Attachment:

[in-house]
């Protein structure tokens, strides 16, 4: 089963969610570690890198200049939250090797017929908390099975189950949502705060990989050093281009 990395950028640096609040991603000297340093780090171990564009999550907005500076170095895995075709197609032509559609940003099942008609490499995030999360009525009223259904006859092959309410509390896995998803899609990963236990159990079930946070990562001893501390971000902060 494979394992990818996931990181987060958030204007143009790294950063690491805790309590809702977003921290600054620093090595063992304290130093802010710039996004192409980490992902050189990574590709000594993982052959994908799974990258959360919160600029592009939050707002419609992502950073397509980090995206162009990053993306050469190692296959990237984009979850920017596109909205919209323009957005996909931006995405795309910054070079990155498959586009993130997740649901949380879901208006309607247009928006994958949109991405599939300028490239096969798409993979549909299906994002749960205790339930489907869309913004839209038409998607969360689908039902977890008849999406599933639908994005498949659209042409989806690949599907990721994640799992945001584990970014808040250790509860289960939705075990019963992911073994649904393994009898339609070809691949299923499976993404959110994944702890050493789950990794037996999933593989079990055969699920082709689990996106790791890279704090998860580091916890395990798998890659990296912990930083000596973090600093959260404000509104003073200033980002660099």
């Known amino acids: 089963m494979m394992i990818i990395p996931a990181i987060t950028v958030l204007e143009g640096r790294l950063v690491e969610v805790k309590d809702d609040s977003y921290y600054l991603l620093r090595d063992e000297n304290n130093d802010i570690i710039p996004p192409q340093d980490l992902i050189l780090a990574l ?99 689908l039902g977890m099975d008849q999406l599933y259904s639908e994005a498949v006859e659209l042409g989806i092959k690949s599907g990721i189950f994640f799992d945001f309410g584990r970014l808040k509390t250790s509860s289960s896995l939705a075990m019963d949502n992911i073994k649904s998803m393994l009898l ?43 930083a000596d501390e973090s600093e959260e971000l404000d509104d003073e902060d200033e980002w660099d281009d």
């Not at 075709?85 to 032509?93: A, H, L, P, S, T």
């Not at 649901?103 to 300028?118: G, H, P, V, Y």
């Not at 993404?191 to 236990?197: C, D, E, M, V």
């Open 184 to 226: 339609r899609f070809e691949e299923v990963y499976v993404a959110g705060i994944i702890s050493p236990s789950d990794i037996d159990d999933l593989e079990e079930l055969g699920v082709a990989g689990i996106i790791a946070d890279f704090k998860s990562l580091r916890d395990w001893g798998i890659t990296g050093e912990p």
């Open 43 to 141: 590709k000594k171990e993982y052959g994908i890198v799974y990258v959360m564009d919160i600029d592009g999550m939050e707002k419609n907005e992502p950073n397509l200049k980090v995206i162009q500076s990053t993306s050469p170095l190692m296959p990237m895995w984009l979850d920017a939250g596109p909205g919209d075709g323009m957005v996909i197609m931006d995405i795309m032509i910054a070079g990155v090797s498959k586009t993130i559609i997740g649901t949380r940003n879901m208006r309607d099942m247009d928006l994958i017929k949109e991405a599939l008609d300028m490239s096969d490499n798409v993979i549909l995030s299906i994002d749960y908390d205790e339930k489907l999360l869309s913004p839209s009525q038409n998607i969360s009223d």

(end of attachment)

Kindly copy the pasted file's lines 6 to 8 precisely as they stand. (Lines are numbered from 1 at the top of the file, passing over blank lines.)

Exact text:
């Not at 993404?191 to 236990?197: C, D, E, M, V």
């Open 184 to 226: 339609r899609f070809e691949e299923v990963y499976v993404a959110g705060i994944i702890s050493p236990s789950d990794i037996d159990d999933l593989e079990e079930l055969g699920v082709a990989g689990i996106i790791a946070d890279f704090k998860s990562l580091r916890d395990w001893g798998i890659t990296g050093e912990p």
């Open 43 to 141: 590709k000594k171990e993982y052959g994908i890198v799974y990258v959360m564009d919160i600029d592009g999550m939050e707002k419609n907005e992502p950073n397509l200049k980090v995206i162009q500076s990053t993306s050469p170095l190692m296959p990237m895995w984009l979850d920017a939250g596109p909205g919209d075709g323009m957005v996909i197609m931006d995405i795309m032509i910054a070079g990155v090797s498959k586009t993130i559609i997740g649901t949380r940003n879901m208006r309607d099942m247009d928006l994958i017929k949109e991405a599939l008609d300028m490239s096969d490499n798409v993979i549909l995030s299906i994002d749960y908390d205790e339930k489907l999360l869309s913004p839209s009525q038409n998607i969360s009223d």